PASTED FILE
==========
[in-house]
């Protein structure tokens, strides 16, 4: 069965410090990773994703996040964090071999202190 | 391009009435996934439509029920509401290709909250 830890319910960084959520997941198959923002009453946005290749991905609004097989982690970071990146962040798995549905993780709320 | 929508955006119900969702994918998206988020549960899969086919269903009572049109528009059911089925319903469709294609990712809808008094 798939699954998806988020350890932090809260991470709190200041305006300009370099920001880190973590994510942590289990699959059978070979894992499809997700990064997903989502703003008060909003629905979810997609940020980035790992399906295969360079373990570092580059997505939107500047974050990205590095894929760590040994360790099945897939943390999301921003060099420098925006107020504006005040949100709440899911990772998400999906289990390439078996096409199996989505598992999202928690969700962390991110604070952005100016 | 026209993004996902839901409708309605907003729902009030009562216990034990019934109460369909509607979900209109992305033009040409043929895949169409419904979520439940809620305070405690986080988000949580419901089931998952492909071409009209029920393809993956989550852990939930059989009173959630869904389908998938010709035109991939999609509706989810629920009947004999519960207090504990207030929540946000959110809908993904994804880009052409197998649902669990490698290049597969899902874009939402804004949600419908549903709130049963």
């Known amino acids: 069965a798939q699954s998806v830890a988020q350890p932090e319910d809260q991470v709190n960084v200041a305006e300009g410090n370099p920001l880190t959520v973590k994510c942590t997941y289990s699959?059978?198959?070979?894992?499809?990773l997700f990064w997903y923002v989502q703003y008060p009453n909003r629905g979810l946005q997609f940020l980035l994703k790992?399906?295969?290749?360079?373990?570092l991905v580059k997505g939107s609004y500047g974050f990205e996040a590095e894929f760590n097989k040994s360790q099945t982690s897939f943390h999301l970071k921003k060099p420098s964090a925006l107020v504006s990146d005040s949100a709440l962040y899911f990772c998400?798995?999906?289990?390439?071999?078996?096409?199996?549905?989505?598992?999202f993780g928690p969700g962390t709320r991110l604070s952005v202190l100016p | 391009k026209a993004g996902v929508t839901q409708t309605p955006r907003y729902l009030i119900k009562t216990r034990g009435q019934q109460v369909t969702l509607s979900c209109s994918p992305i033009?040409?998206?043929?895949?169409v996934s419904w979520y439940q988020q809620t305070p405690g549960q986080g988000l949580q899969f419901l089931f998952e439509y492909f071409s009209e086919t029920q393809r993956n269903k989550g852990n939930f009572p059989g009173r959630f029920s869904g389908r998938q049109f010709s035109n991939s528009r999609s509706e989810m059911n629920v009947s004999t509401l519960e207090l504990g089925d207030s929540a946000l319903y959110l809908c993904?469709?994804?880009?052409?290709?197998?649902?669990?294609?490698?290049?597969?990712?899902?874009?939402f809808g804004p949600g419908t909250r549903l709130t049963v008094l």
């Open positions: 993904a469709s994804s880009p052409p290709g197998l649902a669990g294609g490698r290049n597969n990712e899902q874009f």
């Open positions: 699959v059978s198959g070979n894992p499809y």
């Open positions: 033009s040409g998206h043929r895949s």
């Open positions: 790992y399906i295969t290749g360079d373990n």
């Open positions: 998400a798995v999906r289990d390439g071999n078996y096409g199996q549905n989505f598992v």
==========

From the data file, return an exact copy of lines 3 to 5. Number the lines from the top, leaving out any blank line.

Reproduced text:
């Known amino acids: 069965a798939q699954s998806v830890a988020q350890p932090e319910d809260q991470v709190n960084v200041a305006e300009g410090n370099p920001l880190t959520v973590k994510c942590t997941y289990s699959?059978?198959?070979?894992?499809?990773l997700f990064w997903y923002v989502q703003y008060p009453n909003r629905g979810l946005q997609f940020l980035l994703k790992?399906?295969?290749?360079?373990?570092l991905v580059k997505g939107s609004y500047g974050f990205e996040a590095e894929f760590n097989k040994s360790q099945t982690s897939f943390h999301l970071k921003k060099p420098s964090a925006l107020v504006s990146d005040s949100a709440l962040y899911f990772c998400?798995?999906?289990?390439?071999?078996?096409?199996?549905?989505?598992?999202f993780g928690p969700g962390t709320r991110l604070s952005v202190l100016p | 391009k026209a993004g996902v929508t839901q409708t309605p955006r907003y729902l009030i119900k009562t216990r034990g009435q019934q109460v369909t969702l509607s979900c209109s994918p992305i033009?040409?998206?043929?895949?169409v996934s419904w979520y439940q988020q809620t305070p405690g549960q986080g988000l949580q899969f419901l089931f998952e439509y492909f071409s009209e086919t029920q393809r993956n269903k989550g852990n939930f009572p059989g009173r959630f029920s869904g389908r998938q049109f010709s035109n991939s528009r999609s509706e989810m059911n629920v009947s004999t509401l519960e207090l504990g089925d207030s929540a946000l319903y959110l809908c993904?469709?994804?880009?052409?290709?197998?649902?669990?294609?490698?290049?597969?990712?899902?874009?939402f809808g804004p949600g419908t909250r549903l709130t049963v008094l």
């Open positions: 993904a469709s994804s880009p052409p290709g197998l649902a669990g294609g490698r290049n597969n990712e899902q874009f």
């Open positions: 699959v059978s198959g070979n894992p499809y």